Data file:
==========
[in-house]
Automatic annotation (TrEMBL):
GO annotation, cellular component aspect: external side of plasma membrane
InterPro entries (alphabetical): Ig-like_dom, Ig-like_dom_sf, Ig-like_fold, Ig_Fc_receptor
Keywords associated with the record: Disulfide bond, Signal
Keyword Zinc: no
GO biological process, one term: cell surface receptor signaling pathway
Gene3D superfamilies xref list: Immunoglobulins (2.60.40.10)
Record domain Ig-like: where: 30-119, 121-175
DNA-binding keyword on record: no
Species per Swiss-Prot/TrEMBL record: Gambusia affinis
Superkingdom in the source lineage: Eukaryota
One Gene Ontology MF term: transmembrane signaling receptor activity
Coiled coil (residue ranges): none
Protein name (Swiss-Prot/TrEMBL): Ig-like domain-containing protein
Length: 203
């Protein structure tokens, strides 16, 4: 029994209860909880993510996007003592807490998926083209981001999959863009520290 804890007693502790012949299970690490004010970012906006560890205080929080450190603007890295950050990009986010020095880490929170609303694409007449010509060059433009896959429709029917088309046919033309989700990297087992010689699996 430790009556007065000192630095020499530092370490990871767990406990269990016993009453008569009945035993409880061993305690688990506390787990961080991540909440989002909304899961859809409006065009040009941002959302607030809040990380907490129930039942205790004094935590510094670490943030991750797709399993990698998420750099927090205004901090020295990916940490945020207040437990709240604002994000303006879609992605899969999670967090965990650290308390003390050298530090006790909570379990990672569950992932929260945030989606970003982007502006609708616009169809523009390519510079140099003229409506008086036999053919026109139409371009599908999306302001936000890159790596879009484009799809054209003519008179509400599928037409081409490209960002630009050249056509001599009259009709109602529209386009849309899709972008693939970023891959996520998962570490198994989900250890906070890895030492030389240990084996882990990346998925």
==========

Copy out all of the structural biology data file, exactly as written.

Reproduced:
[in-house]
Automatic annotation (TrEMBL):
GO annotation, cellular component aspect: external side of plasma membrane
InterPro entries (alphabetical): Ig-like_dom, Ig-like_dom_sf, Ig-like_fold, Ig_Fc_receptor
Keywords associated with the record: Disulfide bond, Signal
Keyword Zinc: no
GO biological process, one term: cell surface receptor signaling pathway
Gene3D superfamilies xref list: Immunoglobulins (2.60.40.10)
Record domain Ig-like: where: 30-119, 121-175
DNA-binding keyword on record: no
Species per Swiss-Prot/TrEMBL record: Gambusia affinis
Superkingdom in the source lineage: Eukaryota
One Gene Ontology MF term: transmembrane signaling receptor activity
Coiled coil (residue ranges): none
Protein name (Swiss-Prot/TrEMBL): Ig-like domain-containing protein
Length: 203
């Protein structure tokens, strides 16, 4: 029994209860909880993510996007003592807490998926083209981001999959863009520290 804890007693502790012949299970690490004010970012906006560890205080929080450190603007890295950050990009986010020095880490929170609303694409007449010509060059433009896959429709029917088309046919033309989700990297087992010689699996 430790009556007065000192630095020499530092370490990871767990406990269990016993009453008569009945035993409880061993305690688990506390787990961080991540909440989002909304899961859809409006065009040009941002959302607030809040990380907490129930039942205790004094935590510094670490943030991750797709399993990698998420750099927090205004901090020295990916940490945020207040437990709240604002994000303006879609992605899969999670967090965990650290308390003390050298530090006790909570379990990672569950992932929260945030989606970003982007502006609708616009169809523009390519510079140099003229409506008086036999053919026109139409371009599908999306302001936000890159790596879009484009799809054209003519008179509400599928037409081409490209960002630009050249056509001599009259009709109602529209386009849309899709972008693939970023891959996520998962570490198994989900250890906070890895030492030389240990084996882990990346998925």